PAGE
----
Surprise, surprise
In what cannot be called a surprise, the Congressional Black Caucus yesterday filed an amicus brief supporting the University of Michigan's race-conscious admissions policies.
Two plaintiffs have filed suit against the university, saying the school's admissions policy is discriminatory and thus unconstitutional. The Supreme Court is to hear the case this spring.
The CBC was joined by members of the other race-based legislative groups in the filing, including the chairmen of the Congressional Hispanic Caucus and the Congressional Asian Caucus.
While the briefs are nothing more than shows of support, Rep. Elijah E. Cummings, Maryland Democrat and chairman of the black caucus, said in a prepared statement that those who oppose race-conscious college admissions are "opponents of inclusion."
The Democrats join a number of Fortune 500 companies, a bevy of high-end universities, the AFL-CIO and the American Bar Association in filing supportive briefs, which are unlikely even to be viewed by Supreme Court members.
Their filing will be joined soon by an amicus brief from Michigan Gov. Jennifer Granholm, a Democrat who wanted to delegate the filing to newly elected Attorney General Mike Cox.
But he refused.
A spokesman for Mr. Cox, a Republican and a University of Michigan graduate, told the Associated Press that the attorney general is "supportive of diversity measures, but thinks those that are used in states like Florida and Texas are more constitutionally sound."
Those states guarantee admission to state universities for the top 10 percent of students in each state high school.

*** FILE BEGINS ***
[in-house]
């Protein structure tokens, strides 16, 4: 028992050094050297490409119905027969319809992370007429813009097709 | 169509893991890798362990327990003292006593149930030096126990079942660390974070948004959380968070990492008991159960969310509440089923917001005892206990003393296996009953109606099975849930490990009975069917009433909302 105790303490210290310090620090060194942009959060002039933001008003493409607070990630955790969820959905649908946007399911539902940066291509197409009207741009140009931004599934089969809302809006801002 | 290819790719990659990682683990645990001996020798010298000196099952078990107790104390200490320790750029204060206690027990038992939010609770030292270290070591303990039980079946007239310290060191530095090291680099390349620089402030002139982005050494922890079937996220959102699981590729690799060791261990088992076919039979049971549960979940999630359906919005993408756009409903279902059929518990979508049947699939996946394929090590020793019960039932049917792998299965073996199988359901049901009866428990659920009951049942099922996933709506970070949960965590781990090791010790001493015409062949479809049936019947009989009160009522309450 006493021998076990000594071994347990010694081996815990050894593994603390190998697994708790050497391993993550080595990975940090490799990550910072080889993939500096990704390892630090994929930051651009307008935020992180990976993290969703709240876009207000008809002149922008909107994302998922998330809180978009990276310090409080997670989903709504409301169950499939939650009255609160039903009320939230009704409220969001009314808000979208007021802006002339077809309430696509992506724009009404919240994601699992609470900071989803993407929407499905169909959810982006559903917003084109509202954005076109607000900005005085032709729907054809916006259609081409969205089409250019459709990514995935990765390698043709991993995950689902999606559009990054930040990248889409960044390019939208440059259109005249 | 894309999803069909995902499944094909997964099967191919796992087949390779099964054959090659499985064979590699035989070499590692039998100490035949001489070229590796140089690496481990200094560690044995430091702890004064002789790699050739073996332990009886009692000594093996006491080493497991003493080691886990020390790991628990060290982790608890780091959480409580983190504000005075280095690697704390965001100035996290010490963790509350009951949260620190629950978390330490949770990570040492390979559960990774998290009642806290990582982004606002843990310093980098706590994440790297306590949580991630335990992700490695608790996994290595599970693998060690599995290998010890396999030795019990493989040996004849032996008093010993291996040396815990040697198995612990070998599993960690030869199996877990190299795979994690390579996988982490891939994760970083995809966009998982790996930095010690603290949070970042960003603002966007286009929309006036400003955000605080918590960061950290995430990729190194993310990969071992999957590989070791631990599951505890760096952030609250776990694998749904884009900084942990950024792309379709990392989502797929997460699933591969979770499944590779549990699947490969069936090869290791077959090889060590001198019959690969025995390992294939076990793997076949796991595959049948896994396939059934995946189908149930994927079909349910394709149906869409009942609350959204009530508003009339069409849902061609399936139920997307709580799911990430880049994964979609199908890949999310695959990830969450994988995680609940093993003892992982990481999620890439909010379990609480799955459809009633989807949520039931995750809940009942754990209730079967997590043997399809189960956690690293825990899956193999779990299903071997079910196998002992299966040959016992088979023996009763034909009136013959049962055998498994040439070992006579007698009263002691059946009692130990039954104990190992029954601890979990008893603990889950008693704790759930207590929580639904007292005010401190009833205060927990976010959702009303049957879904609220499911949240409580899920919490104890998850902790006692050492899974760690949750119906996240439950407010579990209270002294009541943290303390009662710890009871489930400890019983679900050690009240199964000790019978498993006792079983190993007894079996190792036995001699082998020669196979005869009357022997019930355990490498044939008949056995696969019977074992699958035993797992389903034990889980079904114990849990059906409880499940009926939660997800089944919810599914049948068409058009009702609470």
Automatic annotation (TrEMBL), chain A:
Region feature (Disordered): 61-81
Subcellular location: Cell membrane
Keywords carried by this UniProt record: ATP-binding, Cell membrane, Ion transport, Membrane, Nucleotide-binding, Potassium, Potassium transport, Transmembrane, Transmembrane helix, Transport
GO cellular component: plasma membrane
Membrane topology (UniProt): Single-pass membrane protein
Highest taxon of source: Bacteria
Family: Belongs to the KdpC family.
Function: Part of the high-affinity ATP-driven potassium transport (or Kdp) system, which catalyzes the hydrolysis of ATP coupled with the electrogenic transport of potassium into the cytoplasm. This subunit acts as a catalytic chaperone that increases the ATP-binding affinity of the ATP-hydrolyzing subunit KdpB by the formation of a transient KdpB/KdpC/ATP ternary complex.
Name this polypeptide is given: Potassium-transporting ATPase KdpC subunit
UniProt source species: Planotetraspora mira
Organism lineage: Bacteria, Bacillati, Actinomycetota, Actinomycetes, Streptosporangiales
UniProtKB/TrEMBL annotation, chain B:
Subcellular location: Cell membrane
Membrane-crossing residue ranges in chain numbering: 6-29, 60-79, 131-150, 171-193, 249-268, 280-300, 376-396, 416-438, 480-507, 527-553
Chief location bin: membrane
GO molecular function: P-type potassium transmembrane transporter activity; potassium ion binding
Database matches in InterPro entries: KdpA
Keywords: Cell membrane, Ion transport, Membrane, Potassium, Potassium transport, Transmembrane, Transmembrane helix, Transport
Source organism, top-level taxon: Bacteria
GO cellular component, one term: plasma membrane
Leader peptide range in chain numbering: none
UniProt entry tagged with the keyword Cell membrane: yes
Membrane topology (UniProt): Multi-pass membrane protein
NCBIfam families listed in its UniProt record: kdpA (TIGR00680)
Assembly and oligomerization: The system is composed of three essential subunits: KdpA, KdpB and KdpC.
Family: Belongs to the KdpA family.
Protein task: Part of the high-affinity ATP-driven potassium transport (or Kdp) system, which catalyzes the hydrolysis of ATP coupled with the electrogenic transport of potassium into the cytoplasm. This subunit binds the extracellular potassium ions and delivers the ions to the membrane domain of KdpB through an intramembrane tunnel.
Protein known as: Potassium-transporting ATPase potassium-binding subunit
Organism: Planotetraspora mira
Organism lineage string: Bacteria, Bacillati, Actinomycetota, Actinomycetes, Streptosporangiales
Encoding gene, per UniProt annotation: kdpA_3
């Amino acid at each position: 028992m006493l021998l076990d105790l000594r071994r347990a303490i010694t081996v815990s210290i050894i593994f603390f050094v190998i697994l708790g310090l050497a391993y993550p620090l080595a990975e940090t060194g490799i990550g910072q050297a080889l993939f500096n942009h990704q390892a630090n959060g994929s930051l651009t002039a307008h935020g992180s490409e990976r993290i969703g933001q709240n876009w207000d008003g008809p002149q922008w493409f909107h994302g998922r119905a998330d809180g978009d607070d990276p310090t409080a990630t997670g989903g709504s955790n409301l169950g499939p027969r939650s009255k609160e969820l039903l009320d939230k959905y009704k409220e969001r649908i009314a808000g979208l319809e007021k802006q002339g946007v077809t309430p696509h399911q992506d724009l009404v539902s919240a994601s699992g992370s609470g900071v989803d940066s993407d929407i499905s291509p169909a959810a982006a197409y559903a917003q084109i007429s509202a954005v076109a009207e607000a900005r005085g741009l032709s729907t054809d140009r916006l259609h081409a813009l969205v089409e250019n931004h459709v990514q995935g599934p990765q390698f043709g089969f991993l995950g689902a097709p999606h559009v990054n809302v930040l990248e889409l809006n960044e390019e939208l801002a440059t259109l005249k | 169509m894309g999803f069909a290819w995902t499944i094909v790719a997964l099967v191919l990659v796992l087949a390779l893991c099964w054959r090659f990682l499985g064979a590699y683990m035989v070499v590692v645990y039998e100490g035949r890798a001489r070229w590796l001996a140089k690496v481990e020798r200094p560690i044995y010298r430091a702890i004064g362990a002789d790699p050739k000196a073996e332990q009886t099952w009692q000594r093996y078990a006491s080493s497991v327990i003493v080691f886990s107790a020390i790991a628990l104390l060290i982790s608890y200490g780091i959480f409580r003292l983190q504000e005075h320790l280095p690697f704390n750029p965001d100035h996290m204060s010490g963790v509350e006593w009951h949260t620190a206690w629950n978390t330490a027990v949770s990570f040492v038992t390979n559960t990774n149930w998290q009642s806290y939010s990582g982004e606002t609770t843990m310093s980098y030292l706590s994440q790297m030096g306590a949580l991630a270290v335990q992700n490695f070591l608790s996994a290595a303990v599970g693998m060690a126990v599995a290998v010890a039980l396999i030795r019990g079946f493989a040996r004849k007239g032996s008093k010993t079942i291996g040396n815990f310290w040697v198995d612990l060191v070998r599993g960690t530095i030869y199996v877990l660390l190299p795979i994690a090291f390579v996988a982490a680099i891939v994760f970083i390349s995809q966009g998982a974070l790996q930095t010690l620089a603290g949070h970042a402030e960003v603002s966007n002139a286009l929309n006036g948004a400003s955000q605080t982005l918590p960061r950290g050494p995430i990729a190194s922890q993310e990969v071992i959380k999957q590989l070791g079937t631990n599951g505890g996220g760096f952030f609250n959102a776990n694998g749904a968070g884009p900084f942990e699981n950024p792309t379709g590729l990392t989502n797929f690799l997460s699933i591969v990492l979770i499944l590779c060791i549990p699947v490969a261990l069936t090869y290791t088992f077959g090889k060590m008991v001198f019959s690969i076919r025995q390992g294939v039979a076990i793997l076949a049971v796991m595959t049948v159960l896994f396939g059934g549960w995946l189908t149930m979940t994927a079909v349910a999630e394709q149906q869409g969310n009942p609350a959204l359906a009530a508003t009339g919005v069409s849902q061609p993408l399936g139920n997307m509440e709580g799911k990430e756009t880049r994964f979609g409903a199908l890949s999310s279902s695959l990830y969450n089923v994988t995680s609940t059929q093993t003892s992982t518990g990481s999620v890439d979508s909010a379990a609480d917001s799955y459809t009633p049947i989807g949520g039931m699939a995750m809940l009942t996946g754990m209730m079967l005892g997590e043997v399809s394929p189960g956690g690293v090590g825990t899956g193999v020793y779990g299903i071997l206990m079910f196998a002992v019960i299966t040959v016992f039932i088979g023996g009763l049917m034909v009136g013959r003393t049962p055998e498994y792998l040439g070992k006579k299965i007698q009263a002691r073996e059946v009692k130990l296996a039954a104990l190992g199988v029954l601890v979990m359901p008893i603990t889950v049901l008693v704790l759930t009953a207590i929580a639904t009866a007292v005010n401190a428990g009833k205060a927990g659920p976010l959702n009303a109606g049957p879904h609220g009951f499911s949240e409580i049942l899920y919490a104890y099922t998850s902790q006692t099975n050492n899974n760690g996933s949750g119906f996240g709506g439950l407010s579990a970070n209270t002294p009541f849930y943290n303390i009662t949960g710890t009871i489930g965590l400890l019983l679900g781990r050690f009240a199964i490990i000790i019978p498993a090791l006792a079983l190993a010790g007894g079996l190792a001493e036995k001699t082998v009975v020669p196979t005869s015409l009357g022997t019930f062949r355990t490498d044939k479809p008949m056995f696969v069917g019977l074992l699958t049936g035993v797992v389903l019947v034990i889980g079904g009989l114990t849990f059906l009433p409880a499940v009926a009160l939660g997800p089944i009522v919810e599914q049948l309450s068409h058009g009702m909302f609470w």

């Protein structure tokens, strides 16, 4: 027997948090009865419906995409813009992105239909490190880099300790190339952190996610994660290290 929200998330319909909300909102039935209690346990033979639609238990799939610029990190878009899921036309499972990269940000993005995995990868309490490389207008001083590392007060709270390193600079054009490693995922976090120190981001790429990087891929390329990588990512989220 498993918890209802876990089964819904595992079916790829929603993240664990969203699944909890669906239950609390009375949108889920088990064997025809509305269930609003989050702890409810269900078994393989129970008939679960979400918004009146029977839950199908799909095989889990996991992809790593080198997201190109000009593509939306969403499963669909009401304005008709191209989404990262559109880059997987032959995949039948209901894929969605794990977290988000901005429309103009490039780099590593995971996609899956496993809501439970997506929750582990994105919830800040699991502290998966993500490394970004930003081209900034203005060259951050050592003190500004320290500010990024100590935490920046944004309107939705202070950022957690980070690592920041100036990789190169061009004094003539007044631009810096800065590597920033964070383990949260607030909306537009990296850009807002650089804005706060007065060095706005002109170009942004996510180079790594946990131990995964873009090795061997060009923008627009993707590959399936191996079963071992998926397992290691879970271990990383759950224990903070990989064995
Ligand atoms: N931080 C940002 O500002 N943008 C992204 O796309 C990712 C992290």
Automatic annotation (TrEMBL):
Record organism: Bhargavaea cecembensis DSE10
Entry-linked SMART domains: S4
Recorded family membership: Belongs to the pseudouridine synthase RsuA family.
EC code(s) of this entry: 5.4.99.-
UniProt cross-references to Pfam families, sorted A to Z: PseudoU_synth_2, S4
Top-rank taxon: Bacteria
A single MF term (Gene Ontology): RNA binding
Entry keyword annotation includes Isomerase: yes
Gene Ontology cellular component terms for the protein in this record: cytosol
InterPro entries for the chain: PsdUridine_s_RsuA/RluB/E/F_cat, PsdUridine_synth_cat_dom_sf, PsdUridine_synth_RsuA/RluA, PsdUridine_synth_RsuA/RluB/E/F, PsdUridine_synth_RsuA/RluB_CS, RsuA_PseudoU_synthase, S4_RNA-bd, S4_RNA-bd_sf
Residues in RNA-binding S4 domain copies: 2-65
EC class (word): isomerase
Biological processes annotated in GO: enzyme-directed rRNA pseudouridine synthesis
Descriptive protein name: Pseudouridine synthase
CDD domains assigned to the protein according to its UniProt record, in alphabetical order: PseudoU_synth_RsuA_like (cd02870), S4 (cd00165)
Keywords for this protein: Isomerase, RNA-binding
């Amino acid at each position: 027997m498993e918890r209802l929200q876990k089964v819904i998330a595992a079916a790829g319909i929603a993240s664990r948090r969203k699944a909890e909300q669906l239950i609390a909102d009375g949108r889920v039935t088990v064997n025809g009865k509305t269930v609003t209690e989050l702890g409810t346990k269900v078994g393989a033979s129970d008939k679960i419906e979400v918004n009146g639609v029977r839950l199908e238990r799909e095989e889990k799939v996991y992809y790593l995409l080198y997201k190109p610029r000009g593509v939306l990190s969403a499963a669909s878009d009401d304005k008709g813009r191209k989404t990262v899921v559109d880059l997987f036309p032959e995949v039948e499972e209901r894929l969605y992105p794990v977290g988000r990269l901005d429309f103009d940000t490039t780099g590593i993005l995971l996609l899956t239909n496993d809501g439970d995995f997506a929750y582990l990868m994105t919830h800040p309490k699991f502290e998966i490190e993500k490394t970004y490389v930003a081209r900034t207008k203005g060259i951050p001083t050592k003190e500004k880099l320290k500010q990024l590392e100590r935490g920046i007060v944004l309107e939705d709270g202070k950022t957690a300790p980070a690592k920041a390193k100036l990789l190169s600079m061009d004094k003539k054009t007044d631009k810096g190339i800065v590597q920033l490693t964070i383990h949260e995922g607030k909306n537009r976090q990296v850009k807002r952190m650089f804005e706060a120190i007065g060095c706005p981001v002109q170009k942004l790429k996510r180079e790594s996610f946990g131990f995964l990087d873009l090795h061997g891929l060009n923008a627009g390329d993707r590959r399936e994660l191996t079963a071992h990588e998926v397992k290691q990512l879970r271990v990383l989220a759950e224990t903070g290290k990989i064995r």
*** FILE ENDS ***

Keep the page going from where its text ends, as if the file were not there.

Daley's complaint
Chicago Mayor Richard M. Daley gives the movie that bears his city's name high marks. He has one complaint, though: It was shot in Canada.
"The movie is great," Mr. Daley said Tuesday. "I said, 'Too bad it wasn't filmed in Chicago.'"
He blamed the federal government, saying it needs to provide incentives to American filmmakers that would match what the Canadians offer, the Associated Press reports.
"The film industry in America was going strong. Canada says, 'OK, we want the film industry. We will subsidize you.' So all the film industry went from America up to Canada," Mr. Daley said.
"Chicago," adapted from the stage hit about two murderous women competing for tabloid celebrity, leads this year's Oscar contenders with 13 nominations, including best picture.
"We do the creative work," Mr. Daley said. "We do the financial work. Why should we send the production work overseas? … Our priorities should be keeping people working in the film industry right here."
He said American workers will continue to lose out until the federal government gets the message.
"I really believe we have to get our priorities straight in Washington, D.C.," he said. "You know knock, knock. No one is home in Washington. They have to get reality. If they listen to people, they will find out what is happening."

Poets, not warriors
Playwright Arthur Miller, rapper Mos Def and at least four former U.S. poets laureate will be among the artists and performers appearing at "Poems Not Fit for the White House," an anti-war gathering to be held Monday at New York City's Lincoln Center.
The event was inspired by the White House's postponement of a poetry symposium to be hosted by first lady Laura Bush. A spokeswoman for Mrs. Bush has said there was concern that the forum would be politicized by opponents of war against Iraq.
Former poets laureate Rita Dove and Stanley Kunitz, both of whom turned down invitations to the symposium, will read at Lincoln Center, the Associated Press reports. Others expected are former poets laureate Robert Pinsky and Mark Strand and actor-writer Wallace Shawn.
The symposium was to have been held Wednesday.